Sable Ranch, a location boasting Old West-style buildings that have been used for countless movies and TV shows, is one of the latest casualties of a Southern California wildfire that has nearly blocked out the sun in Los Angeles all weekend.

The ranch in Santa Clarita, Calif., was destroyed by the fire on Saturday despite the efforts of dozens of firefighters, according to the Los Angeles Times. Some offices were reportedly able to be salvaged, but the set is gone.

Sable Ranch served as host to such movies as horror film “Motel Hell” and Chevy Chase’s “The Invisible Man,” as well as classic Westerns like “The Bells of Coronado.” Television shows including “The A-Team,” “Maverick” and “24” also shot at the location.

(7) HOW DO YOU KNOW WHEN YOU’RE FINISHED? Caroline Yoachim says this was her way —

(8) SDCC AS SEEN FROM WILLIAM WU BOOKS. Sundays are less crowded than Saturdays in front of William Wu Books.

wu books at sdcc

(9) I THINK HE LIKED IT. Ian Sales was surprised to be pleased by Station Eleven. By the end of his review I was convinced to add the book to my TBR list – something the thoroughly favorable reviews I read had never accomplished.

Station Eleven, Emily St John Mandel (2014). This won the Clarke Award last year, and while I’d heard many good things about it, it’s a lit-fic post-apocalypse novel and I find post-apocalypse fiction banal at the best of times, and lit fic attempts at the genre all too often seem to think they’re doing something brand new and innovative, that no one has ever thought of before, and so the prose tends to reek of smugness. So my expectations were not especially high. Happily, Mandel proved a better writer than I’d expected, and I found myself enjoying reading Station Eleven. It’s still banal, of course; more so, in fact, because it trots out the Backwoods Messiah With The Persecution Complex plot, which should have been retired sometime around 37 CE. Anyway, a global flu epidemic wipes out most of humanity. Station Eleven opens in Toronto, when a famous actor has a heart attack on stage and dies. Then everyone else starts to die from the flu. The book jumps ahead twenty years to a post-apocalypse US, and a travelling orchestra/acting troupe, who travel the southern shores of the Great Lakes. And then there is a half-hearted attempt at a plot, which ties in with some of the flashback sections, which are about either the actor or the main character of the post-apocalypse story, a young actress in the travelling troupe. The writing was a great deal better than I’d expected, and so despite being post-apocalypse I came away from Station Eleven a little impressed. A worthy winner of the Clarke Award.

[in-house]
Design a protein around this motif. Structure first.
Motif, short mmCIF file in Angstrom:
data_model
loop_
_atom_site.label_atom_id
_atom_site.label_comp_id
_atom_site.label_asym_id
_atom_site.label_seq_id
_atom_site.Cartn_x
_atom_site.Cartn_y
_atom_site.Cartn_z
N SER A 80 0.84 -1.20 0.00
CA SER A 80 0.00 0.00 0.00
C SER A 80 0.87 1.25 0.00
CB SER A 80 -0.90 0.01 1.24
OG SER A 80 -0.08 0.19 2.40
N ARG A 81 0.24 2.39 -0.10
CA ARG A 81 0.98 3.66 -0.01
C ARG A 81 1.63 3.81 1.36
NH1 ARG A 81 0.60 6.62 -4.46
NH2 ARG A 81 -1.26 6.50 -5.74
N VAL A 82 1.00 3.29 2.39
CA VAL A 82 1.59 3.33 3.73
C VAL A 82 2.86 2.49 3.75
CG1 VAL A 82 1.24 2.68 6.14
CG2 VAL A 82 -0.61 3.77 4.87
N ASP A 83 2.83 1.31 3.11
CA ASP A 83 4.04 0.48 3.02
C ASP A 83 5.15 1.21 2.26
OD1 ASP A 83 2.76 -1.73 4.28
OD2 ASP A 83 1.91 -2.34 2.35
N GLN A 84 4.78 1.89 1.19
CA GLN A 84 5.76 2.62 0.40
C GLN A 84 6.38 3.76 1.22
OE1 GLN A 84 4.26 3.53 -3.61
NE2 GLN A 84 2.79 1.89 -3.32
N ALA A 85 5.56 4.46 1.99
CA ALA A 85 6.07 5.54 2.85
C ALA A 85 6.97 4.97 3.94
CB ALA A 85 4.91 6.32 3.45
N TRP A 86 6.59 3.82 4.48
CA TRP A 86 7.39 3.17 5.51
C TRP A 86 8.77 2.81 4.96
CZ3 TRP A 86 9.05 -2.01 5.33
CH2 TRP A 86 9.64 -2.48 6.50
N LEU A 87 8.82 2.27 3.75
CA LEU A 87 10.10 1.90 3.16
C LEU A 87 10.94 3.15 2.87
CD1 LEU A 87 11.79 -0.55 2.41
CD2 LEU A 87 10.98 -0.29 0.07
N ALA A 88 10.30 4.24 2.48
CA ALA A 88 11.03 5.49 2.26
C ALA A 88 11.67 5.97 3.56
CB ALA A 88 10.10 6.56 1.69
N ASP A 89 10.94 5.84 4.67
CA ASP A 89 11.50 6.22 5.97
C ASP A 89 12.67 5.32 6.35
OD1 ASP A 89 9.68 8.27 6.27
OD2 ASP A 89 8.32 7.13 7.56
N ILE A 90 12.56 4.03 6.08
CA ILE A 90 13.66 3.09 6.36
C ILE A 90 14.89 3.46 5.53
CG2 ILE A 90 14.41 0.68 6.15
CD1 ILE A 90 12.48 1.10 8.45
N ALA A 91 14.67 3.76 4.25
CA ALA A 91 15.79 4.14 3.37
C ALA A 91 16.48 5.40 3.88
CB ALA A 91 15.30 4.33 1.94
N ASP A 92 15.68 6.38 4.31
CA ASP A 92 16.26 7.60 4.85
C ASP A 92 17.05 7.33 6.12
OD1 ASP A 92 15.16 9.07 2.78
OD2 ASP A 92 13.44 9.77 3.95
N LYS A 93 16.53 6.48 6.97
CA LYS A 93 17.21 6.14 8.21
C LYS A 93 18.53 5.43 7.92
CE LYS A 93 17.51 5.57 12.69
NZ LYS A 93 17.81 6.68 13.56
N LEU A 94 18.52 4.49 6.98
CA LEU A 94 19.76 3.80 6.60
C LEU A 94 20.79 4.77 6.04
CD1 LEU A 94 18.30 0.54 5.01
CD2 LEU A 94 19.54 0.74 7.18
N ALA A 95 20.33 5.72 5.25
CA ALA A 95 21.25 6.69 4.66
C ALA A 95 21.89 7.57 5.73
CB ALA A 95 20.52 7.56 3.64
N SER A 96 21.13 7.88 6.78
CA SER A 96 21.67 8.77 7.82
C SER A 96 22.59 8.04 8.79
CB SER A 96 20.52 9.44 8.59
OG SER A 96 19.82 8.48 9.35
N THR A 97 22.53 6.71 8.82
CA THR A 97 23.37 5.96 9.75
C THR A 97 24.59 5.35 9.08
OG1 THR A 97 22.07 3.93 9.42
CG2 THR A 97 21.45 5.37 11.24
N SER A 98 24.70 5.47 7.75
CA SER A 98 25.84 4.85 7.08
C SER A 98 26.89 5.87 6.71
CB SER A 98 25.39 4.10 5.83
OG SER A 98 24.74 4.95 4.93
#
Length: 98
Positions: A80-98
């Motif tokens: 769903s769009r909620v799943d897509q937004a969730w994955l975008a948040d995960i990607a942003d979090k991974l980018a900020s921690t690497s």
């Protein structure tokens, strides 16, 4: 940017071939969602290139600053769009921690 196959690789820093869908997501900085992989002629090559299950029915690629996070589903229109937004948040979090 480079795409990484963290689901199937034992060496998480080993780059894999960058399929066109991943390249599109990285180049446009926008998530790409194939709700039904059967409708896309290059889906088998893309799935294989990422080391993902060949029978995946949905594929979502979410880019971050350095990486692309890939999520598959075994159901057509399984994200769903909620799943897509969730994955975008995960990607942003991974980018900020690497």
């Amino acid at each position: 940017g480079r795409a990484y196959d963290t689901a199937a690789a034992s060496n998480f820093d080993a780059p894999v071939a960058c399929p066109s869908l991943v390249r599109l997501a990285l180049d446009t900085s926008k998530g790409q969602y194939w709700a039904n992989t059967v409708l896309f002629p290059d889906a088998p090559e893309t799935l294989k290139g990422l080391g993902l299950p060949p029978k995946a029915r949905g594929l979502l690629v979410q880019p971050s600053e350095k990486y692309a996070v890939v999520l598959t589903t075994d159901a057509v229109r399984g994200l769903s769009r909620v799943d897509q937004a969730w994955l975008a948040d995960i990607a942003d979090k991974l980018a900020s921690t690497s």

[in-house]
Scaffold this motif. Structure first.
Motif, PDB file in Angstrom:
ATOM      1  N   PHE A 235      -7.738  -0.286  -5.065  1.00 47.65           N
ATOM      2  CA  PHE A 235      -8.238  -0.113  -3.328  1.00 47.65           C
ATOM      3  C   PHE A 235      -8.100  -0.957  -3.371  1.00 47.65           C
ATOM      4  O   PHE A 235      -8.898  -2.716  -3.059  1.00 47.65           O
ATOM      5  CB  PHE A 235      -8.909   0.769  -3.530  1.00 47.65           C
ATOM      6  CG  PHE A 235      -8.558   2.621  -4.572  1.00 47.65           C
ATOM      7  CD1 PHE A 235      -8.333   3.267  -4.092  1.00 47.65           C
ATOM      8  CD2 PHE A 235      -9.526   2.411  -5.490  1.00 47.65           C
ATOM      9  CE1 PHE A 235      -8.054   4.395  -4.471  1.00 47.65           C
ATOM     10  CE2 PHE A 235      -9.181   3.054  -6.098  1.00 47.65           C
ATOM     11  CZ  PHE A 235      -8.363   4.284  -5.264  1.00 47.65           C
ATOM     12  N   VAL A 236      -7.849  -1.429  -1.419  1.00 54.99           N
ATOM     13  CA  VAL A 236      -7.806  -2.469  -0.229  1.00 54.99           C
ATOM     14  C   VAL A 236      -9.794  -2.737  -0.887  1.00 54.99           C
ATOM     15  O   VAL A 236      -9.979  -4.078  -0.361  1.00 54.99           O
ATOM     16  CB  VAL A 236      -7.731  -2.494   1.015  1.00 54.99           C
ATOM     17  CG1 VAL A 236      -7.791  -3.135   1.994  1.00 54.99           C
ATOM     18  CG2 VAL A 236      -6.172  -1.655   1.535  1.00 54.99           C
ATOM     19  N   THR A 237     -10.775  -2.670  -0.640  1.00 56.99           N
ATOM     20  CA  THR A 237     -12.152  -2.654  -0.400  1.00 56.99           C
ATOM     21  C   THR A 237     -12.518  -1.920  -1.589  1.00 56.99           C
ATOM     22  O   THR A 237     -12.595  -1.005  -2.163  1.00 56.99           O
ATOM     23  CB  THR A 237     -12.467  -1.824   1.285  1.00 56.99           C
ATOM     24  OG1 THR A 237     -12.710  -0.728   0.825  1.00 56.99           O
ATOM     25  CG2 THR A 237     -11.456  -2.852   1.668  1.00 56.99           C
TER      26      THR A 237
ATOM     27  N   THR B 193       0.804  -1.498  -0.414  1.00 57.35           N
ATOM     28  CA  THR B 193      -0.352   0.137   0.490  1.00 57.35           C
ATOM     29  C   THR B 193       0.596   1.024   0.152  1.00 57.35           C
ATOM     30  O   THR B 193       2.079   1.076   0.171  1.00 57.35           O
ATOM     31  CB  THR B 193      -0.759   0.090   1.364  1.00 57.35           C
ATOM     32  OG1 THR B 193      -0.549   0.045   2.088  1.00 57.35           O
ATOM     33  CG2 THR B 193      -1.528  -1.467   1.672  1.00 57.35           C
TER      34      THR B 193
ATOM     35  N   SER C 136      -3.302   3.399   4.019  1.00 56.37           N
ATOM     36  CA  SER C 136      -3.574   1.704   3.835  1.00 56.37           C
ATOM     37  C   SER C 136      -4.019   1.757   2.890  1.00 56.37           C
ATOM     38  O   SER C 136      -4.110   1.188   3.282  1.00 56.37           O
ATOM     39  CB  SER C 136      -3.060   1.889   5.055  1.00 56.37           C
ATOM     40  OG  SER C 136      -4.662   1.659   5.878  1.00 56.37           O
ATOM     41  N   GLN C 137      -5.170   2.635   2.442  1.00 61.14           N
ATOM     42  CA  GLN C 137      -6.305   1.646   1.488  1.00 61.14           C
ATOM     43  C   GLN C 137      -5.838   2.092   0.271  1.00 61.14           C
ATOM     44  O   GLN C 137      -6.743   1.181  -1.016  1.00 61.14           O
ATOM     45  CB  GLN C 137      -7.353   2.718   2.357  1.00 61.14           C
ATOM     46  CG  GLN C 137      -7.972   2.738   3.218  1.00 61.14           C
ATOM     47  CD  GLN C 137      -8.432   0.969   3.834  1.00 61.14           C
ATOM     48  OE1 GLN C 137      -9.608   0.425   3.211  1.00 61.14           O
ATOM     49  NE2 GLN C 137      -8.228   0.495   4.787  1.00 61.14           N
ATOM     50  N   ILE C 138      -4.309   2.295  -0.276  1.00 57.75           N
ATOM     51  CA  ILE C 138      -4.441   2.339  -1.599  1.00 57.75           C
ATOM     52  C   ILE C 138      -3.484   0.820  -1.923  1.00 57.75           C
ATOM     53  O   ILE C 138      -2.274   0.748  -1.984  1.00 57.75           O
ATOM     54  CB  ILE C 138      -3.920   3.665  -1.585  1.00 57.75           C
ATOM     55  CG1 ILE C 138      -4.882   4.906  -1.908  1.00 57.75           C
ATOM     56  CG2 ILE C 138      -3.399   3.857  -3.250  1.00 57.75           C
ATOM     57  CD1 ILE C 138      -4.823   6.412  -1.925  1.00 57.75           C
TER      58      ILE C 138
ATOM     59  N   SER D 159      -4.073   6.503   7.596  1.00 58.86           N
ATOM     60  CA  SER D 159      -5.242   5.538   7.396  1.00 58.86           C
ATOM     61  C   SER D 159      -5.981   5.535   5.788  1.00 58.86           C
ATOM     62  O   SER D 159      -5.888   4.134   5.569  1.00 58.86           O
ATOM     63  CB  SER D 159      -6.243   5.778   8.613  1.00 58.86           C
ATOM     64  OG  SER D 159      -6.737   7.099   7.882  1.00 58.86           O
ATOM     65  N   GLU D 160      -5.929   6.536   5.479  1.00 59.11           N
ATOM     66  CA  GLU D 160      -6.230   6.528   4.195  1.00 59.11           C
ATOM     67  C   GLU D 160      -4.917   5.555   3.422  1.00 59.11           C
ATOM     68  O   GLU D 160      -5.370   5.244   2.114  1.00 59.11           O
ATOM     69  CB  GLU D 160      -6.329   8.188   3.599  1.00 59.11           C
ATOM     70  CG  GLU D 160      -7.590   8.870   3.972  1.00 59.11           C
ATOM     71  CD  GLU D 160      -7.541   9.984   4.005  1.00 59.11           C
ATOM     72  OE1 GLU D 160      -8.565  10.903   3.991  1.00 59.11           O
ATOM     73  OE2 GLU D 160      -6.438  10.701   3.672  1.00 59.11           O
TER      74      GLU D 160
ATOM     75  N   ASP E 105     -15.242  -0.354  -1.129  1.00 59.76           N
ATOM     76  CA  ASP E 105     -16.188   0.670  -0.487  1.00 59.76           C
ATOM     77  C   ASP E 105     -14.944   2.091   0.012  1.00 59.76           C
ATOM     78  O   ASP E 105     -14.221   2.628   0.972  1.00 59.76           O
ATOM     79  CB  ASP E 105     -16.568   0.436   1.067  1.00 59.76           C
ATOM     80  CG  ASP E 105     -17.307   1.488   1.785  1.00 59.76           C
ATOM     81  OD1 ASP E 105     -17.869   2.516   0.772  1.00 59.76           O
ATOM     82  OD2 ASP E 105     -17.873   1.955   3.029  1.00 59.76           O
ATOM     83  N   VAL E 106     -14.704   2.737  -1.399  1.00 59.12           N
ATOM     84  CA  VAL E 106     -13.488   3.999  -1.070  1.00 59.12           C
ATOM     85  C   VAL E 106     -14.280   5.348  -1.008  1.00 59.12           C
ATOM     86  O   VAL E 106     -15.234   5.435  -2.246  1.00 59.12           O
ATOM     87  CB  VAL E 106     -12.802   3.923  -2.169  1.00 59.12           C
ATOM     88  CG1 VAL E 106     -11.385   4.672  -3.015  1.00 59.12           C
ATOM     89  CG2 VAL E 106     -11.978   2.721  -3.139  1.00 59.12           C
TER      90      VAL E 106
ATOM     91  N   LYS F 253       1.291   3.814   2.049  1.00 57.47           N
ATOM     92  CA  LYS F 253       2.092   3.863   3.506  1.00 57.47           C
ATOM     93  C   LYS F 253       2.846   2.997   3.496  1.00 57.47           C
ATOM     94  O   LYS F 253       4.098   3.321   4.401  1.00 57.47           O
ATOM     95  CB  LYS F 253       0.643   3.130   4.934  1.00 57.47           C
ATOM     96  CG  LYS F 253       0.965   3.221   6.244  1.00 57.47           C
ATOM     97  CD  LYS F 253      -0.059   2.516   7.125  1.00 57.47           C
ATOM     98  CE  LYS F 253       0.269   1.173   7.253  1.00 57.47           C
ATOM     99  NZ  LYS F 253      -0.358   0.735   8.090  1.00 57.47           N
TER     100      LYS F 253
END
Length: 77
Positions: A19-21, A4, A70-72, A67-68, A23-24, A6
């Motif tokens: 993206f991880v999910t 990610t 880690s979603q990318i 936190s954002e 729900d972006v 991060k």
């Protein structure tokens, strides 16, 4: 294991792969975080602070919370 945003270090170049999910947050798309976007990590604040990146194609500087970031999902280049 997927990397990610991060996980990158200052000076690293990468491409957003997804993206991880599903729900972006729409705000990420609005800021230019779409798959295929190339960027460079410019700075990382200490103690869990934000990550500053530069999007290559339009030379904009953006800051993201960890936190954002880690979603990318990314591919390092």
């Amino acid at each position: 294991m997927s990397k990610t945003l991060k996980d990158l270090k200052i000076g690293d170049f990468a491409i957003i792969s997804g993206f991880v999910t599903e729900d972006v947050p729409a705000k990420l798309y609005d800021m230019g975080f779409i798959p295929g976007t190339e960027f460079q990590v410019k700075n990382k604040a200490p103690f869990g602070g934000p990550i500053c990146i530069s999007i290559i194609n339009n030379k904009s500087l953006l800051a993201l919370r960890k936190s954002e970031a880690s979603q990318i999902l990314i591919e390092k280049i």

(10) AUTHOR EARNINGS. At Mad Genius Club, Fynbospress pointed out a new round of statistics has been posted:

Author Earnings just did an in-depth analysis of the romance genre, and presented it at the RWA (Romance Writers of America). …

2.) Down in the comments at the bottom, both of the report itself and in the comments at Passive Voice, Data Guy provides breakouts for SF&F, and for Mystery/Thriller/Suspense, too!

(11) TODAY IN HISTORY

  • July 24, 1948 – Marvin the Martian (not yet given that name) appeared onscreen for the first time in the Bugs Bunny cartoon “Haredevil Hare”.

275px-Looney_Tunes_'Haredevil_Hare'_-_screenshot

  • July 24, 1969 — Apollo 11 returned to Earth, ending its historic moon-landing mission. After the spacecraft’s splashdown in the Pacific Ocean, astronauts Neil Armstrong, Buzz Aldrin and Michael Collins were flown by helicopter to the recovery ship USS Hornet.

(12) TODAY’S BIRTHDAY GIRLS

  • Born July 24, 1951 – Lynda Carter, called by some the Only and True Wonder Woman.
  • Born July 24, 1982 — Anna Paquin

(13) THOUGHT FOR THE DAY. Neil Armstrong said the Apollo missions demonstrated that “humanity is not forever chained to this planet, and our visions go rather further than that, and our opportunities are unlimited.”

(14) SELDEN’S XANATOS PLAN. Vox Day teases “No one foresaw it” at Vox Popoli.

It’s no wonder the SF-SJWs are always a few steps behind.

It had been believed that the slaters would lose interest if they couldn’t sweep entire categories, since it that would mean that they could neither get awards for their own favorites (since fans would No Award them) nor “burn down” the awards, since fans would have at least a couple of organic works to give awards to. No one foresaw the “griefing” strategy of nominating works whose mere presence on the finalist list would cast the awards into disrepute. – Greg Hullender at File 770

They still don’t quite get it, do they? Rabid Puppies didn’t nominate “If You Were a Dinosaur My Love” or “Shadow War of the Night Dragons: Book One: The Dead City: Prologue” for the Hugo Award. We didn’t give a Best Novel Nebula to The Quantum Rose (Book 6 in the Saga of the Skolian Empire) or a Best Novel Hugo to Redshirts. We’re not casting the awards into disrepute, we are highlighting the fact that the SJWs in science fiction have already made them disreputable. I wonder what they will fail to foresee next? That’s a rhetorical question, of course. I already know….